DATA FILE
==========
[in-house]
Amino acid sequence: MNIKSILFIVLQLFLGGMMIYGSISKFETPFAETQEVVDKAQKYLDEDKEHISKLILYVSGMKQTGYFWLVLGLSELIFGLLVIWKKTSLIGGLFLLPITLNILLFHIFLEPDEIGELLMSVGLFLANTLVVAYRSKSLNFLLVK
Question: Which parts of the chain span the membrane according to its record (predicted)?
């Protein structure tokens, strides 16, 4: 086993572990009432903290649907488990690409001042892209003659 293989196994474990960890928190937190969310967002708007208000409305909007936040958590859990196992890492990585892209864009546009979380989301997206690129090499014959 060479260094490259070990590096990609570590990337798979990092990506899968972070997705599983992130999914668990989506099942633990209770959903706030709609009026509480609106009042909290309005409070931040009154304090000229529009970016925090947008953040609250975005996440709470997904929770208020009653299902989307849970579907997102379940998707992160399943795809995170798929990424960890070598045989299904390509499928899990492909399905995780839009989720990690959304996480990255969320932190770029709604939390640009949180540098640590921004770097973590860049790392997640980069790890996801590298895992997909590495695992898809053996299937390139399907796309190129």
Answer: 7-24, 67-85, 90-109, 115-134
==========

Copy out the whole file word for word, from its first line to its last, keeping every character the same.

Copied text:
[in-house]
Amino acid sequence: MNIKSILFIVLQLFLGGMMIYGSISKFETPFAETQEVVDKAQKYLDEDKEHISKLILYVSGMKQTGYFWLVLGLSELIFGLLVIWKKTSLIGGLFLLPITLNILLFHIFLEPDEIGELLMSVGLFLANTLVVAYRSKSLNFLLVK
Question: Which parts of the chain span the membrane according to its record (predicted)?
């Protein structure tokens, strides 16, 4: 086993572990009432903290649907488990690409001042892209003659 293989196994474990960890928190937190969310967002708007208000409305909007936040958590859990196992890492990585892209864009546009979380989301997206690129090499014959 060479260094490259070990590096990609570590990337798979990092990506899968972070997705599983992130999914668990989506099942633990209770959903706030709609009026509480609106009042909290309005409070931040009154304090000229529009970016925090947008953040609250975005996440709470997904929770208020009653299902989307849970579907997102379940998707992160399943795809995170798929990424960890070598045989299904390509499928899990492909399905995780839009989720990690959304996480990255969320932190770029709604939390640009949180540098640590921004770097973590860049790392997640980069790890996801590298895992997909590495695992898809053996299937390139399907796309190129």
Answer: 7-24, 67-85, 90-109, 115-134